Male CEOs With Daughters Place Higher Value on Female Employees
Over the years, I've heard explanations and justifications for the phenomenon known as the gender wage gap. One popular explanation revolves around the argument that men are much more likely to negotiate their starting salaries, and to ask for pay raises more aggressively than women. Additionally, it is argued that the risks and costs associated with female employees who may at some point seek temporary or permanent maternity leave, justify paying women less than men. Whatever the case may be, worldwide, women earn salaries that are between 9 and 18 percent less than their male counterparts who have the same job descriptions and possess identical qualifications.
So what's a professional woman's best bet for avoiding the gender wage gap in her own career? According to a new study out of Columbia Business School, male CEOs who have daughters are more likely to pay their female employees more. The study, which examined the salaries of 734,200 workers at 6,320 firms, from 1995 through 2006 in Denmark, found that:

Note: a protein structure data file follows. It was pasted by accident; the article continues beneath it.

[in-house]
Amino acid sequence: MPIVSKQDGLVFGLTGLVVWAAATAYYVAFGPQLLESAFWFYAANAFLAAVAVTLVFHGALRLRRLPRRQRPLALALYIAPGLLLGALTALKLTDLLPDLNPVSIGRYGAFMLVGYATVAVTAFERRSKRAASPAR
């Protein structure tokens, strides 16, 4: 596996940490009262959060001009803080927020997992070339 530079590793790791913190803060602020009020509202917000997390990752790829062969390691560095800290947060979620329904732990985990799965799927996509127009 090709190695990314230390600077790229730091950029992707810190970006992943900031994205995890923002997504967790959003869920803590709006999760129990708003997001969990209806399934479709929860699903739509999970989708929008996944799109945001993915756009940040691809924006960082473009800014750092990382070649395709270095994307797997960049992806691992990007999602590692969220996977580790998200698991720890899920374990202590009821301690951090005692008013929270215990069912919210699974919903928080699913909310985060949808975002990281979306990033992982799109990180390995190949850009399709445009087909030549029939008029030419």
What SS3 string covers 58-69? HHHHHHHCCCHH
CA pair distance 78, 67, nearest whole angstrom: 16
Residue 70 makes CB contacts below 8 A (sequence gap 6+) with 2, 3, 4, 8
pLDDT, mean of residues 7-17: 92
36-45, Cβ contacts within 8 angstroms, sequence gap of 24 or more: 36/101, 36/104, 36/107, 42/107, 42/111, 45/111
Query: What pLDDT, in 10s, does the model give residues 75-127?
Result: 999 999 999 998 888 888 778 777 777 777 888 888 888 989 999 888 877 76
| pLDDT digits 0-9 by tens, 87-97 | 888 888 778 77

[A] short time after male CEOs had daughters, women’s wages rose relative to men’s, shrinking the gender wage gap at their firms. The birth of a son, in contrast, had no effect on the wage gap. First daughters who were also the firstborn children of a CEO had a bigger effect than subsequent daughters, decreasing the gap by almost 3 percent. First daughters who were not the firstborn children of the CEOs had a less dramatic but still significant effect, closing the gap by 0.8 percent. The overall reduction in the gender wage gap was 0.5 percent.
The researchers also found that these effects were strongest at firms with 50 or fewer employees, which they attribute to the fact that CEOs at smaller firms are typically more directly involved in making decisions that affect the pay of individual workers than CEOs at much larger firms.
The effects were even stronger for employees with more education. “You would expect this given the potential for vicarious identification. Most CEOs went to college and have more formal education than the average person; they also expect their daughters to be educated,” Ross explains. It follows that CEOs may be more apt to see their more educated women employees as resembling a possible future incarnation of their daughters.
(h/t WSJ's Ideas Market)